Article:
“We’re looking for a very good European engine package for 1990 and beyond,” says team manager Dave Thomas. “This will be our learning year. We’ll stick with the tried-and-true Cosworth in order to reduce the variables while we establish the team.”

Thomas says the team has spent $500,000, “and we haven`t turned a wheel yet. That’s a little unnerving for a newcomer.”

The team is hoping to cash in on CART’s popularity in Europe and will make a series of sponsorship appearances on the continent after the `89 season.

“The demand for these cars in Europe is tremendous,” says Thomas. “Mr. Ferrari is certain he’s the first of a wave of Europeans who will jump into Indy-car racing in the next few years.”

Swiss driver Jean Pierre Frey, who drove two races for Simon last year, will be in the cockpit.

Other new teams and their drivers: Bayside Motor Sports, Dominic Dobson;

Dyson Racing, James Weaver; Mann Motorsport, Gary Bettenhausen; Protofab Racing, John Jones; Saleen Autosport, Steve Saleen; and Stoops Racing, Steve Butler.

Jones was rookie of the year last year but was replaced on the Arciero team by Didier Theys.

– Theys drove only the road courses for Simon last year, so when he tested at Phoenix recently, “it was the first time I had been on an oval since the ARS race at Nazareth a year and a half ago,” he says.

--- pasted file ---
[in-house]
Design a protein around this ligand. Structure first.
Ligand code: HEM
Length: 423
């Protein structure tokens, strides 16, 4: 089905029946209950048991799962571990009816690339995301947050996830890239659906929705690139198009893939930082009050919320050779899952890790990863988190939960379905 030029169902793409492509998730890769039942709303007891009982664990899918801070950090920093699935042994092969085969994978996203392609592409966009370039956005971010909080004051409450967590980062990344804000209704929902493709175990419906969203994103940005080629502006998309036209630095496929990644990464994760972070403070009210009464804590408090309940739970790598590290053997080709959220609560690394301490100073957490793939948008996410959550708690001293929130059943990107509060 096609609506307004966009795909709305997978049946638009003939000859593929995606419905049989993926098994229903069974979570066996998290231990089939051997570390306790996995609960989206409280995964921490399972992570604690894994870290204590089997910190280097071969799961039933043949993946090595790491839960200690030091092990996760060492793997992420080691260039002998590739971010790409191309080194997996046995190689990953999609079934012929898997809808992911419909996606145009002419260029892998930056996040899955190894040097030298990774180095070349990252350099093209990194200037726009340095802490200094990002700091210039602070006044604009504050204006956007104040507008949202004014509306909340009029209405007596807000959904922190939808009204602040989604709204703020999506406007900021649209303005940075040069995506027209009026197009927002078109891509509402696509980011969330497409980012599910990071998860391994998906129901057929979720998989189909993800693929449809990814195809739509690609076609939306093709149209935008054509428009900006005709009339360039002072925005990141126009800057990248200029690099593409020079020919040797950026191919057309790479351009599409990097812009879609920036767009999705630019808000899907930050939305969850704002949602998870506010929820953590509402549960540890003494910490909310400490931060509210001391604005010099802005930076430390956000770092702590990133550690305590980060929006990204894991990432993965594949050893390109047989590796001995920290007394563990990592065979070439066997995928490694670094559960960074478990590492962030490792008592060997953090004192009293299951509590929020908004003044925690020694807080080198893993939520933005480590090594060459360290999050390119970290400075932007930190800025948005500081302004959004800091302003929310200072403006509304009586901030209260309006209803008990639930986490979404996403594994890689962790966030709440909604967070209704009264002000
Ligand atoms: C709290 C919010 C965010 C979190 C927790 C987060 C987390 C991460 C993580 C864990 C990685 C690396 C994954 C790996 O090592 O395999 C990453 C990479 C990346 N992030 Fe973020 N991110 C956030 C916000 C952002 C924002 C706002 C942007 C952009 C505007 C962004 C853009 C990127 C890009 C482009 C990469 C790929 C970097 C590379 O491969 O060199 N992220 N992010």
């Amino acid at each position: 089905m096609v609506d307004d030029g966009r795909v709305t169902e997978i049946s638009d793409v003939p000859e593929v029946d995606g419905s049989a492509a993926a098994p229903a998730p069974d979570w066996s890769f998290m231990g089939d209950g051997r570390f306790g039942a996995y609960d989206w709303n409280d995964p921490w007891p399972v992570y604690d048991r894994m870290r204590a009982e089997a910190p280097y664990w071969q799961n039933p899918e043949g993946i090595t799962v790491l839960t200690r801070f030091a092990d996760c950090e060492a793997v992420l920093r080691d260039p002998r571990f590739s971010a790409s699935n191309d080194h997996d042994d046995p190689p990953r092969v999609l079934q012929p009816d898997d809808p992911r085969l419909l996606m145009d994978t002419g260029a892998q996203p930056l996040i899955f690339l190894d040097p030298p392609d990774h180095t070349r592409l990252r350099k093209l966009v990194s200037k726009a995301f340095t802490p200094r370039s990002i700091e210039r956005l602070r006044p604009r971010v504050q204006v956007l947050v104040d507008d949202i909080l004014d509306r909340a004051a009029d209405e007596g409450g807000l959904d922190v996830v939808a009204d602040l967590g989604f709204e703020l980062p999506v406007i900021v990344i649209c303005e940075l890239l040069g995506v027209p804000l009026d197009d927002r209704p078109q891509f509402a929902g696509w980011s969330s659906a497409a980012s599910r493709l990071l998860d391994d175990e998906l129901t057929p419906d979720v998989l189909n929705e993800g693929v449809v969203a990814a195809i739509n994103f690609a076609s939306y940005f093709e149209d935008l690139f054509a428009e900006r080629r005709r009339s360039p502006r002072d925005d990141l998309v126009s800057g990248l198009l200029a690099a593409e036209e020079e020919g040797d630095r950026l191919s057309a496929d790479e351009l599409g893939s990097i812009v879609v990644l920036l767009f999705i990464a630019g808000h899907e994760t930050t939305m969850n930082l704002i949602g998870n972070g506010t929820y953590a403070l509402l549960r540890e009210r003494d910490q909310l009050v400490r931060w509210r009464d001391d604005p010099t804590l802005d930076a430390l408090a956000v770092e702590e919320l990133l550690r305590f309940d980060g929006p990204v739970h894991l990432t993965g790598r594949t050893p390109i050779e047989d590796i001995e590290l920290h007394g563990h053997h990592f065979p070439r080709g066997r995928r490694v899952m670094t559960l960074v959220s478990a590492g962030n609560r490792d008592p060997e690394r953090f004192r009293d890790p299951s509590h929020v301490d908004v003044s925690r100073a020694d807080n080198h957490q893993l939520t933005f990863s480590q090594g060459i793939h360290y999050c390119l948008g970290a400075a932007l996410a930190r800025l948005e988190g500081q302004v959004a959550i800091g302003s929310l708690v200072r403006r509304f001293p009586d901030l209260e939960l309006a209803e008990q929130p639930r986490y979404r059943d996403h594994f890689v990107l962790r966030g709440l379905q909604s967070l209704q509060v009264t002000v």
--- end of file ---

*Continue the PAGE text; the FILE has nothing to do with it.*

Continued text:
He got some help, he says, from an oval-track master, Rick Mears. “Rick is a very nice guy and he showed me how to work on my left-foot braking on ovals. I now know why he is the best on those tracks. We went quicker immediately.”

– Oddly, Mears was once known as a road warrior. He still holds the CART record for consecutive road-course victories (four), “but now I’m teamed up with the fastest road racer in the business (Danny Sullivan),” he notes, “so all of a sudden I`m not a road racer.”

Mears confesses he does prefer the ovals. “I’ve always preferred the ovals more as far as working with the chassis and the aerodynamics,” he says. “At the speedway, you’ve got to make the car carry you, not you carry the car.

“I like both, but if you said pick one, I’ll take the oval.”

– Dale Earnhardt still leads the Winston Cup points chase after finishing second at Atlanta, but he hasn’t won a pole in two years. If he hasn’t won one by May 20, he’s got a great shot to end his drought in qualifying for The Winston, NASCAR’s all-star race at Charlotte Motor Speedway. That’s because qualifying for the race is determined by a unique format that requires a stop for right-side tires during the three-lap qualifying run. Earnhardt`s pit crew is a four-time winner of the Unocal 76 pit crew world championship.

“The difference in speed among all those great cars will be less than a half-second,” says Alan Kulwicki, who won four poles last year. “The difference in the pit crews could be five seconds. It`s more a race for pit crews than cars.”

– Wonder if Bernie Ecclestone, the Formula One czar, has ever been in Phoenix in June? Ecclestone pulled the Formula One cars out of Detroit and will hold the U.S. Grand Prix through the streets of downtown Phoenix on June 4.

The average high temperature on that date is 104, and it often gets to 110 or more.

“They can drive in that heat,” says Sullivan, who drove the Formula One circuit and raced in Brazil, “but I don`t know how many people want to come out and watch it.”